Julie Zimmermann wrote: "How do I feel about motivation and students??
We have students who come to us that are there because they always wanted to be a nurse and couldn't dream of doing anything else. We also have other students who are there because perhaps their parents told them they need to go to school and take something, "pick any career, just pick one!" So, they choose nursing for whatever reason, or maybe because their Mom or Grandma was a nurse and they can't think of anything else at this time, or the course started soon after they started looking, perhaps they like the look of scrubs, the stethoscope looks cool, they always liked the show 'Grey's anatomy' or because it pays not too badly.......whatever the reason, they come to us, but for some it isn't with a 'burning desire to become a nurse', it isn't 'because it's what they always dreamed of being or wanting to do', somebody told them to 'give it a try' or such. This type of student often lacks intrinsic motivation because they lack the innate desire to pursue it, which makes it difficult to engage this student in learning. So how do we engage these students?
I have found that creative thinking activities help them to seek ways that they can relate to nursing, if anything is going to help engage and motivate them, it will be this---the student needs to find something relatable in nursing, if they are going to engage in the learning and commit. (There are a million and one creative thinking activities on the net to choose from).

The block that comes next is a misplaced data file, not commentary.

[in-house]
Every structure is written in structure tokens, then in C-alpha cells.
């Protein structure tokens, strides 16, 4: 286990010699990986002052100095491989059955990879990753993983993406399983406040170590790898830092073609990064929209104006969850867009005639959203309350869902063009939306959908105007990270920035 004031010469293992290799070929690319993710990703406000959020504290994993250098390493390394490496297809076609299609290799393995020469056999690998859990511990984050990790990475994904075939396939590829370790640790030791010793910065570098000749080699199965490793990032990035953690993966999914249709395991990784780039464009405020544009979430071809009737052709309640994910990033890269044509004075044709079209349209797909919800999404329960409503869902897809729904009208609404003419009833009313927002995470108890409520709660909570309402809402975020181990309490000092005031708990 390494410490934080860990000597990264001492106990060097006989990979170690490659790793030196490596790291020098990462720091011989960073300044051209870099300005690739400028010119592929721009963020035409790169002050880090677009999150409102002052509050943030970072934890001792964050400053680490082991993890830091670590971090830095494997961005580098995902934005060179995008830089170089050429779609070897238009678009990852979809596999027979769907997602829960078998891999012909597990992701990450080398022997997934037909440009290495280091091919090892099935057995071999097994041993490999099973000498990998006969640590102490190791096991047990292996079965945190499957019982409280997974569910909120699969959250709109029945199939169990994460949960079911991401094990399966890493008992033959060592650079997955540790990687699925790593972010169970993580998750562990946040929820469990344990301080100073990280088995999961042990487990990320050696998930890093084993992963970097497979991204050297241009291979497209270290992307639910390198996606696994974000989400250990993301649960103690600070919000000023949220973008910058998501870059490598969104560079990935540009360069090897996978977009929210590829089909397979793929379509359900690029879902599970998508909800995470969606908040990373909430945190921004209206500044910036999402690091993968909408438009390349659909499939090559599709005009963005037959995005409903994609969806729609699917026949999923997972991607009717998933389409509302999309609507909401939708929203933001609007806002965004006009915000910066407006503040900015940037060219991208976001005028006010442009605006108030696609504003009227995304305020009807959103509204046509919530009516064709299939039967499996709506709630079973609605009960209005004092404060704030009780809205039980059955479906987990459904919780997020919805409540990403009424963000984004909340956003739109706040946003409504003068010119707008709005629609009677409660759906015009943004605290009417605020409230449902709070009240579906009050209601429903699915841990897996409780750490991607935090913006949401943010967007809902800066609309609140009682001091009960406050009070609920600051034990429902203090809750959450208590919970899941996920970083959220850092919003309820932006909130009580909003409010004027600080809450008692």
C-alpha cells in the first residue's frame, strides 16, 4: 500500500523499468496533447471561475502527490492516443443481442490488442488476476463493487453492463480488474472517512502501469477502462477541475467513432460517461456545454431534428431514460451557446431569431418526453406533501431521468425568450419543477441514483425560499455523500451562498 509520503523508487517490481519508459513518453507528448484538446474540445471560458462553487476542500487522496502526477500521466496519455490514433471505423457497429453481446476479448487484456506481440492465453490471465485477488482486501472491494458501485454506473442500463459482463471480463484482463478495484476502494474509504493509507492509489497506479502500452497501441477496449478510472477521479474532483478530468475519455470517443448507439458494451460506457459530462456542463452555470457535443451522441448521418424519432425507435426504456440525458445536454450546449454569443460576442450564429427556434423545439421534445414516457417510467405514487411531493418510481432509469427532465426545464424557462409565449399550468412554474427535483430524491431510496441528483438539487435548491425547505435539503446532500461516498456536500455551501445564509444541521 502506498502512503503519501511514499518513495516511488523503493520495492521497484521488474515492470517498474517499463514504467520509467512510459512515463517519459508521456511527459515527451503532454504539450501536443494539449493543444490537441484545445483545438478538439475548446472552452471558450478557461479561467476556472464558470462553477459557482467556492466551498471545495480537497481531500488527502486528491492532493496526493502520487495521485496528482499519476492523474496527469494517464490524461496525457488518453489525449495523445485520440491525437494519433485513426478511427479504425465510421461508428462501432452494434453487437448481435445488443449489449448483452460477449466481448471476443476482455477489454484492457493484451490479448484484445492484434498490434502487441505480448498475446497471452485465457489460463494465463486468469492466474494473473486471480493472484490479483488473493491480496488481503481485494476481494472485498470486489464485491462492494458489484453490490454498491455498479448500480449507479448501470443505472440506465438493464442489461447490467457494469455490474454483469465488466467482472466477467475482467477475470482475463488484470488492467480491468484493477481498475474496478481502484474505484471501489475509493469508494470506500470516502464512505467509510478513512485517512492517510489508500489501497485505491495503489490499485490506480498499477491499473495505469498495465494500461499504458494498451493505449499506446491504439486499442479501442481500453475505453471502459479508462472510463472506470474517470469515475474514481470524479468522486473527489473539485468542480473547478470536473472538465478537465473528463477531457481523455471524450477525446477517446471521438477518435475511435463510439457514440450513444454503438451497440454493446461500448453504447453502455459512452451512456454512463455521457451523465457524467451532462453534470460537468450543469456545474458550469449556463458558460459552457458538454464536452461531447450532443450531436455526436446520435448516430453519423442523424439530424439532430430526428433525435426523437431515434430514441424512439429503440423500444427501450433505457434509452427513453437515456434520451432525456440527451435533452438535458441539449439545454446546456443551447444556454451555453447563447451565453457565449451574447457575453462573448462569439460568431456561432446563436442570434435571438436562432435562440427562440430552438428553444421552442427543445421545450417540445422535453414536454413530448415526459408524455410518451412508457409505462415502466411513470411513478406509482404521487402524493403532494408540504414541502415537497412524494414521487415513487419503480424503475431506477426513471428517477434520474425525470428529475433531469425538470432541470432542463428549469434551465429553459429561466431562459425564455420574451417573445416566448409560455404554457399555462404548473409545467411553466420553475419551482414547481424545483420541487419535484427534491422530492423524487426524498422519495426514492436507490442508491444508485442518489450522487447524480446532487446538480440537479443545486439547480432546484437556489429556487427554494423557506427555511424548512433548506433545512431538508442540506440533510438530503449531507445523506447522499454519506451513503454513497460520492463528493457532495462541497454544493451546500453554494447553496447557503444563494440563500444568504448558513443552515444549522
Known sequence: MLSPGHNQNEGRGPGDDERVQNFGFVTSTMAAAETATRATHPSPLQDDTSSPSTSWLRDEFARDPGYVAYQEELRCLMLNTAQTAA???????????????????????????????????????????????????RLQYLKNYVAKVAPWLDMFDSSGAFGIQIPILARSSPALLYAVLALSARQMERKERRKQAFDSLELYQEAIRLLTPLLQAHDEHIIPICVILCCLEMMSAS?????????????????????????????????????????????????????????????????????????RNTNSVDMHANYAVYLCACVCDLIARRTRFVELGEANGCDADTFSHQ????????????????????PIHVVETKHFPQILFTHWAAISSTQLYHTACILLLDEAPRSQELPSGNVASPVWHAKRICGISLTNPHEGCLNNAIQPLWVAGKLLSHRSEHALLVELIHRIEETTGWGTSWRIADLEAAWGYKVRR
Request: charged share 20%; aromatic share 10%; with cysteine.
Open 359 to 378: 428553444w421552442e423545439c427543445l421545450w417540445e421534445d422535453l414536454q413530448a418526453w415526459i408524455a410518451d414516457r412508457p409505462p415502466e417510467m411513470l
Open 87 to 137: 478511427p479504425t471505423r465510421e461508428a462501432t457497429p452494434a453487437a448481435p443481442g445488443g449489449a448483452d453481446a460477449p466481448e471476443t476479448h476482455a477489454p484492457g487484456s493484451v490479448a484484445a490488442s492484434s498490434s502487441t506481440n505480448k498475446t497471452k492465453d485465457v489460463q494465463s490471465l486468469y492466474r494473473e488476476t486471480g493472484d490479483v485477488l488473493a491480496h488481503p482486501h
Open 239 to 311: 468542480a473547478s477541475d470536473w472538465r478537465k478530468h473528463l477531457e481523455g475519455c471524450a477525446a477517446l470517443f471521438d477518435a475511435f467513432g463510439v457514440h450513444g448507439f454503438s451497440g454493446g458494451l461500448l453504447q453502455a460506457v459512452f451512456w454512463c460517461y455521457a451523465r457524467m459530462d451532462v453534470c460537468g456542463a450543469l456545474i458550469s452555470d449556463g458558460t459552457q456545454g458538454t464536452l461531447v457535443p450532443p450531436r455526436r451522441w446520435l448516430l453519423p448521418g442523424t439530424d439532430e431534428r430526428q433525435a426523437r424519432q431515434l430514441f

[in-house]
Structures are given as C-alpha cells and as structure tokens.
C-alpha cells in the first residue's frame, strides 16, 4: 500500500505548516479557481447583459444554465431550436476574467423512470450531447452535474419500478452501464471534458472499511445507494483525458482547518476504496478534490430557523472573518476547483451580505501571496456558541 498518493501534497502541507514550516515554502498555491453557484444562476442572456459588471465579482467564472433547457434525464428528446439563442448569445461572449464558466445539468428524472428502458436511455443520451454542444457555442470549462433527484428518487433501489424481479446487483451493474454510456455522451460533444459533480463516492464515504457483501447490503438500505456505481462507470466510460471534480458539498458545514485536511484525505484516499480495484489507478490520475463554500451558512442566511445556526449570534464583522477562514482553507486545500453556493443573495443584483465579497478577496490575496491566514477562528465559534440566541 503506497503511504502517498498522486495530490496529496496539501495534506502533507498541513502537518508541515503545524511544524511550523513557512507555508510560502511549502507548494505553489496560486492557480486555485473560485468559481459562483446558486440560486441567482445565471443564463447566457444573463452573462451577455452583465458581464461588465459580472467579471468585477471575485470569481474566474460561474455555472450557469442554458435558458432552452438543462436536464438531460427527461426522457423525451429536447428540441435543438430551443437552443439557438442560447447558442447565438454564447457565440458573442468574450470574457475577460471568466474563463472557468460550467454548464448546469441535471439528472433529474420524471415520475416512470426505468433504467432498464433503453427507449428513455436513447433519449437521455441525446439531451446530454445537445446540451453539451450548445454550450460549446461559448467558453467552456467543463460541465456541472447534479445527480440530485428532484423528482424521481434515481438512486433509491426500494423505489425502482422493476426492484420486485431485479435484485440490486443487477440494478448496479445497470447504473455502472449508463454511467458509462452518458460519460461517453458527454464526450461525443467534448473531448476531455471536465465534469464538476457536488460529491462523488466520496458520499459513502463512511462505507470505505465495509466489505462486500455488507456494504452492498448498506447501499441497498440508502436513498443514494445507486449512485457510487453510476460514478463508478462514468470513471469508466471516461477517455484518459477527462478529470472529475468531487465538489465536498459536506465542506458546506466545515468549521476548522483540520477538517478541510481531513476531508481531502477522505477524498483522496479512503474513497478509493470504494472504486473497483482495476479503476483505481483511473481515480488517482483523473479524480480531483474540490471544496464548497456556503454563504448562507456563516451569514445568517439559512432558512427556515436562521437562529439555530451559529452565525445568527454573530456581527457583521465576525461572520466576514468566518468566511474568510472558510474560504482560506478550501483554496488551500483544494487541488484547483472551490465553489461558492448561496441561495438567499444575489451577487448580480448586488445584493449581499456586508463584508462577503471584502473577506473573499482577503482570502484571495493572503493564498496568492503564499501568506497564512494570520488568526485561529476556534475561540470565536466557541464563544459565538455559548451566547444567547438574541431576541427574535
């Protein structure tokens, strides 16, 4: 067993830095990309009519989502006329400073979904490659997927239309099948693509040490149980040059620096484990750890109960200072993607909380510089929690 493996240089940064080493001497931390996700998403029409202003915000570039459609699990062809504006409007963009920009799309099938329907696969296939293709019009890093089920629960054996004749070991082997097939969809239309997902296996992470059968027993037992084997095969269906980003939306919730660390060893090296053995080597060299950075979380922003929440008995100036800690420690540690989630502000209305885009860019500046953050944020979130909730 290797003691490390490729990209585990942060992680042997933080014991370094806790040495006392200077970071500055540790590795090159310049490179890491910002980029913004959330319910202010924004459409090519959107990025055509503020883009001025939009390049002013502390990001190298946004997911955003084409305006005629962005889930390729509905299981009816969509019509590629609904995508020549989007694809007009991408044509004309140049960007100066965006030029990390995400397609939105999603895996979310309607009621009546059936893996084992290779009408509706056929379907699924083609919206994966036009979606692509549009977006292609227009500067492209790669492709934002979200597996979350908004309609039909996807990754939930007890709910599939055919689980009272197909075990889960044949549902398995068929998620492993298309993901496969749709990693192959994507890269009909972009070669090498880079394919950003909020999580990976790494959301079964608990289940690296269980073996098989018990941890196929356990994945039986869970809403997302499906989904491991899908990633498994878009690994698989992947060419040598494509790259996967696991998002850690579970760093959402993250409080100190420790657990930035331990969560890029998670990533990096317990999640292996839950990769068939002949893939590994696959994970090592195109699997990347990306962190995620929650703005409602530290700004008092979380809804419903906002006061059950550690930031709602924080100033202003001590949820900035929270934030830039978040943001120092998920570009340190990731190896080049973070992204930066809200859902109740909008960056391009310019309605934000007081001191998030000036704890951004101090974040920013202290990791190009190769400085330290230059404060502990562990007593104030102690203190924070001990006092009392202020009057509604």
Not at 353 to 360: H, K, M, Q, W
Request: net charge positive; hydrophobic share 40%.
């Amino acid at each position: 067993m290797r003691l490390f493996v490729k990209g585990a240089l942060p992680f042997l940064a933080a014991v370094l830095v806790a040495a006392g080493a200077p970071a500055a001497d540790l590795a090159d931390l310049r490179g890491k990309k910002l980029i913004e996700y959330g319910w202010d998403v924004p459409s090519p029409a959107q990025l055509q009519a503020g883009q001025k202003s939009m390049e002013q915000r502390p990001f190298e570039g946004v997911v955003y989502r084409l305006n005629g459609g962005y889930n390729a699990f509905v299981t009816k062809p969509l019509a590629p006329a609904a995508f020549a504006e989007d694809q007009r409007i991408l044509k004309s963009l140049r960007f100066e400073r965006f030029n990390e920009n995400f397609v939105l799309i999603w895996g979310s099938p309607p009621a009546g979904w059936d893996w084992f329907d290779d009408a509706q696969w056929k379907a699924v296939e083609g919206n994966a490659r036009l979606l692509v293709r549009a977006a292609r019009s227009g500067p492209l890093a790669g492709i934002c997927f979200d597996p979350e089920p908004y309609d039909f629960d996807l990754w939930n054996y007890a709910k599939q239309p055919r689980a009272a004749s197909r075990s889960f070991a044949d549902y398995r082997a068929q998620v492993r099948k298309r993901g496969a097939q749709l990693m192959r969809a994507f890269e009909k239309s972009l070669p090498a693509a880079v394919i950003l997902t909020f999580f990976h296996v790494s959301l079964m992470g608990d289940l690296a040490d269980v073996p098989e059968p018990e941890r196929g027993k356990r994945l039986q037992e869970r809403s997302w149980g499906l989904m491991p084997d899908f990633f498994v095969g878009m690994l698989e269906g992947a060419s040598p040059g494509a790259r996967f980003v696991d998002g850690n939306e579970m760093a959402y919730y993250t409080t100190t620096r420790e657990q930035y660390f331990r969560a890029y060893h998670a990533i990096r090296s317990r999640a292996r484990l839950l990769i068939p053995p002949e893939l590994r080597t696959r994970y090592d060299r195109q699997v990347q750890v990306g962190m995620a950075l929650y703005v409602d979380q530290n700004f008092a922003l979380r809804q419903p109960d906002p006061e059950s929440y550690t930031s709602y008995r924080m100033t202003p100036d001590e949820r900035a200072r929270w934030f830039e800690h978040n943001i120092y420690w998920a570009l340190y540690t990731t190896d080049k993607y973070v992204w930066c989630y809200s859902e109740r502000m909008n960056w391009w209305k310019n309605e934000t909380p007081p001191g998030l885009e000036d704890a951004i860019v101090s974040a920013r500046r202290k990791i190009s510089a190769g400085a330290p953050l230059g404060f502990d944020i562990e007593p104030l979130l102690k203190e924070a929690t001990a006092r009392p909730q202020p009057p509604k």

Just because this type of student has invested money or their parents told them to do it, intrinsic motivation is a must in order to be successful in our program. The long hours, the stress, the amount of content covered, the responsibility of people's lives, is not worth it to the person who lacks intrinsic motivation to be a nurse.
For some students (i.e those who lack confidence or those not really wanting to be there), we have to be their external motivation until their intrinsic motivation kicks in, if at all. We do this either through activities that get them to visualize themselves in the role or get them to see something in nursing that is appealing to them. Sometimes a student lacks motivation because nursing isn't for them. If the student appears disinterested, sometimes a heart to heart with the student is in order, we ask them what interests them and what do they picture themselves doing. Sometimes just posing the questions gets the student to consider what they really want to do and be honest with themselves, are they really all that interested in nursing? who's dream is it for them to be a nurse? It isn't that we want to 'counsel people out', but it is a demanding career that would be a serious challenge for someone who does not really want/care to be a nurse. I feel that it is a responsibility of the Instructor to recognize if a student is struggling within the program as well as with the decision to be or not to be in the program"- JZ.